Thursday, January 19, 2012

"You Don't Need a Weatherman...."

(Photos:  1-- Buster leading his gaggle of six to greet yesterday.  2--Ducks and geese fueling up for a cold night ahead.  3-- The "departing parade.")
In the past 24 hours, the temperature plummeted in NYC 31 degrees from a high of 54 yesterday morning to a frigid 23 degrees now.
Knowing of the forecasted drop, I headed to Central Park a little after 4 PM yesterday.  The temperature then was at the freezing level.  But, with the 25 MPH winds, it felt like 20.
Once again, my hands were popsicles through gloves and the relentless wind was loud enough to almost drown out the music through my headphones.
With such radical rises and drops in temperature, it was impossible to predict what state the lake would be in at Harlem Meer.
The previous night it was a thin, dark pane of icy glass that shredded and shrieked as geese carefully plowed their way through it and ducks swam in circles once an open pool of water was established.
It's fascinating how geese and ducks seem to coordinate and work in tandem to deal with watercourses partially frozen over.
The geese, being larger and more powerful birds are able to painstakingly "plow" through thin sheets of ice, breaking it up, while the more energetic and faster moving ducks are better proficient at maintaining an open pool of water once it is created.
Perhaps this helps explain the intricate relationship between the two species of birds and their semi-reliance upon one another from everything to safety warnings to breaking up ice.
Both, the geese and ducks seemingly bring special and different skills in order to deal with the harsh challenges of winter. 
Much to my surprise, (despite the rapidly diving temperatures) the lake at Harlem Meer was almost completely unfrozen yesterday!
The brief warming trend and the coordinated efforts of both the geese and ducks had succeeded in transforming the solid block of ice into a once again, moving body of water -- all within two days!
It was quite an impressive feat.
Similar to the previous night, most of the geese and ducks were scattered in small flocks all around the lake.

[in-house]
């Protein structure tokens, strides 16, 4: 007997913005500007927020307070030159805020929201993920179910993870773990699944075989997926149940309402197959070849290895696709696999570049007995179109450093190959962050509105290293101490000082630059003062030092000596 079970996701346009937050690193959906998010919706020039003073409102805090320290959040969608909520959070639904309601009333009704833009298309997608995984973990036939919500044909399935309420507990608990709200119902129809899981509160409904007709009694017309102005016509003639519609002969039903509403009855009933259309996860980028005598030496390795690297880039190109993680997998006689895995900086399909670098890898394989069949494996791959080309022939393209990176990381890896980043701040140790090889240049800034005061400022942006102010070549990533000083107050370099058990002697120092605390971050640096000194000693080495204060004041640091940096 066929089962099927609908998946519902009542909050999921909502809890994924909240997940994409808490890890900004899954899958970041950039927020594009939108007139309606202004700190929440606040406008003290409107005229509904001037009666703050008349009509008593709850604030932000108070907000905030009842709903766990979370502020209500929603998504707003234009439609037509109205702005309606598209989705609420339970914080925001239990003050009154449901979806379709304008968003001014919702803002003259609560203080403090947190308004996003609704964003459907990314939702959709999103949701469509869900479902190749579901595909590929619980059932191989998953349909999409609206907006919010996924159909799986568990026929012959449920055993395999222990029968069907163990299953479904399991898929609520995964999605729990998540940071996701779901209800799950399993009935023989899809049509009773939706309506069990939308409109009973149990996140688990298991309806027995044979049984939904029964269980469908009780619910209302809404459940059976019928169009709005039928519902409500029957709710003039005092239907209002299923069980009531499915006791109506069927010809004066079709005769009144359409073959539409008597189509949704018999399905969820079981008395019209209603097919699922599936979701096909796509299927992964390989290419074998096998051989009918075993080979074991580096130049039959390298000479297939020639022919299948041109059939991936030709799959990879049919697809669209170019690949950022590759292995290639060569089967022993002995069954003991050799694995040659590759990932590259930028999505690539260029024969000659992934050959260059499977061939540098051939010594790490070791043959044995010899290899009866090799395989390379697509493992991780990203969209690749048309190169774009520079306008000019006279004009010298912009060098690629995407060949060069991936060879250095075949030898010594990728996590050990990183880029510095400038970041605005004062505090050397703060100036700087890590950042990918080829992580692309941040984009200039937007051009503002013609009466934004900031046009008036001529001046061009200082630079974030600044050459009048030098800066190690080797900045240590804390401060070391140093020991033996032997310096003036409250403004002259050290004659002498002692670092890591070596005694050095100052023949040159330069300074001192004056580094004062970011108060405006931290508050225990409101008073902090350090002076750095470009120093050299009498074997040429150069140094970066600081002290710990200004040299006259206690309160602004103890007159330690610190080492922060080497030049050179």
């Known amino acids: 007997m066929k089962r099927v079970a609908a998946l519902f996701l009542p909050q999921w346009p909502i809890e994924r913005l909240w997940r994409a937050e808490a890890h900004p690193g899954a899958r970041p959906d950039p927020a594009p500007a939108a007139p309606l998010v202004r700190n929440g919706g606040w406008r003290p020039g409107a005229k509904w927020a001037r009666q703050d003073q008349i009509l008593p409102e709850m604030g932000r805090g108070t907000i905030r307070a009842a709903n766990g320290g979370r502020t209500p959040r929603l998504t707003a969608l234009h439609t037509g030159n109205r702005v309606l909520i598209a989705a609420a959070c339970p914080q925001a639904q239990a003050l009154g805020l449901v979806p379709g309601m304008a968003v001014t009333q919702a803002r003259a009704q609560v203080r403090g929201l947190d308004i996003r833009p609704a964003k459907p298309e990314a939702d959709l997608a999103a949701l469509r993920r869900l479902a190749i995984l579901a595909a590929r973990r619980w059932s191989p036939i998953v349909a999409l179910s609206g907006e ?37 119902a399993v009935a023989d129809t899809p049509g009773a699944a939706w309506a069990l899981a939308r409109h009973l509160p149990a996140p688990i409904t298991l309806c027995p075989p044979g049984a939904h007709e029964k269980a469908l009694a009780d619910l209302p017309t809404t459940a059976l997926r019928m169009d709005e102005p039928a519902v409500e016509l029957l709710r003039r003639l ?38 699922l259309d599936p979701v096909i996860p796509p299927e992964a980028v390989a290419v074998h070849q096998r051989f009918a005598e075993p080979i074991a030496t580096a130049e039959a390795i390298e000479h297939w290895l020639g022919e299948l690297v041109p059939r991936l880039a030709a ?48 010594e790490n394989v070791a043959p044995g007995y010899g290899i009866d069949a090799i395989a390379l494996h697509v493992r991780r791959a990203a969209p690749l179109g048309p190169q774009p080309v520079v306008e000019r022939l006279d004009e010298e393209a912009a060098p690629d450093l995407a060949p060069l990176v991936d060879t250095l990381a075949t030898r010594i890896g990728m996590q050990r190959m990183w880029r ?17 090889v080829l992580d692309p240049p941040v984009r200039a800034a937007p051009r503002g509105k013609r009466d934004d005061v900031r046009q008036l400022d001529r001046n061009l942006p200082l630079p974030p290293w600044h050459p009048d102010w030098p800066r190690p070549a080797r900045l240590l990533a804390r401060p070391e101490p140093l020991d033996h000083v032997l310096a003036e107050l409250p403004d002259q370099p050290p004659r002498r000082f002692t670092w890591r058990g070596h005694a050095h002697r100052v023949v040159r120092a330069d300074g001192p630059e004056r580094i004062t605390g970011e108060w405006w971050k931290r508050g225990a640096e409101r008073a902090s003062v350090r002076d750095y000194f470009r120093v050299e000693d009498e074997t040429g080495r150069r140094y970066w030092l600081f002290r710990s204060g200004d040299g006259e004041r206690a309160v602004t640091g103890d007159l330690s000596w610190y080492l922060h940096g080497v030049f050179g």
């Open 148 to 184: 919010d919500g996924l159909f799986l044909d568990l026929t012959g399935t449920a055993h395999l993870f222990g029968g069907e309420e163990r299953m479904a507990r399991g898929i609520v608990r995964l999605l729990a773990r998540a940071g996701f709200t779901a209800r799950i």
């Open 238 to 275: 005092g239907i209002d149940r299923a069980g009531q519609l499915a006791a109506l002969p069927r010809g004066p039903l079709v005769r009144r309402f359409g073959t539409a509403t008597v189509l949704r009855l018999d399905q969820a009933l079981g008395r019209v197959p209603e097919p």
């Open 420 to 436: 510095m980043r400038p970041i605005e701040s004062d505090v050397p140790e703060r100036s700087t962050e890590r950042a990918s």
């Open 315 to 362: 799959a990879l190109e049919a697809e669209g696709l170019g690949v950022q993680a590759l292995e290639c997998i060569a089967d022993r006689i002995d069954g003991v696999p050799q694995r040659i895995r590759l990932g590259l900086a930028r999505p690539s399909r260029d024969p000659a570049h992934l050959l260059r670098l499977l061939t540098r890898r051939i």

But, unlike Tuesday, the birds were much more relaxed yesterday.  The grueling work of the night before done and their mission accomplished, their main quest yesterday was to battle the winds and try to find what food was available.
There is of course, very little green grass anywhere in the park these days.
But, there are apparently enough water plants, seeds, raggedly grass and marshes around to keep hungry flocks going -- particularly at Harlem Meer.
Nevertheless, when I show up these days, I am immediately swarmed by a barrage of hungry waterfowl.
Thank God, most of the migratory birds don't come to me.  But, the ones that do are seemingly so famished that whatever is tossed out is seemingly gone in seconds.
My main priorities of course are Brad and his helpmates, Piggly and Wiggly.  But, I try to get some treats to the others -- especially the mallards who are always scrambling at my feet and appear to be so much more desperate than the more independent and dignified geese.
But, even the geese weren't so "dignified" yesterday.  They too, crowded around me to the point it was easy to pet and stroke about 5 or 6 of them.
That was of course, Buster and his gaggle.
"Where were you last night, Buster?" I asked the polite goose who, as usual gently took treats from my hand.  "A goose I thought might have been you almost took my finger off!"
Buster offered a low honk which I interpreted to be some sort of apology or explanation.
"The newbies here don't know anything about manners or protocol!   Now do you understand why I always have to teach and correct them?"
Apparently Buster was at the west side of the lake barreling through ice the night before.  Or, at least that is what he told me.
Almost frozen in place and the treats quickly gone, it was time for me to leave.
Since there was no ice to "work," Brad quickly gathered up Piggly and Wiggly and the rest of the duck and goose patrol to escort me out of the Meer once again.
It was nice to return to the old tradition.
It makes me feel like a spoiled princess.
Walking up the hill against a brutal wind, I waved back and advised Brad and company to "Fasten your seat belts.  It's going to be a bumpy night!"  (A famous line from a favorite Bette Davis movie.)
My legs feeling stiff from standing in the biting cold, I could finally understand why there are so few runners in the park during the winter cold.
"Come on, Tina and Chance.  We need to move quickly to loosen up!" I said to my two dogs as we exited the Meer.
Walking home along the bridal path and the Reservoir, I was surprised to see a couple of clusters of sparrows and what appeared to be a fairly large group of ducks and geese hunkered down near the spout at the Reservoir.
Apparently, the birds figured it would be a comparatively warm winter here in New York City.
And though it has been a roller coaster in fluctuating temperatures, so far they have been right.
After all, we still haven't had any substantial snow this winter and the geese and ducks have been successful in preventing -- and even breaking up an icy lake.
They are apparently far better "weather forecasters" than we humans with all our sophisticated technology and equipment. 
I anticipate, based on the behavior and the numbers of migratory geese, ducks and other birds being observed now, it will quickly warm up again.  -- PCA

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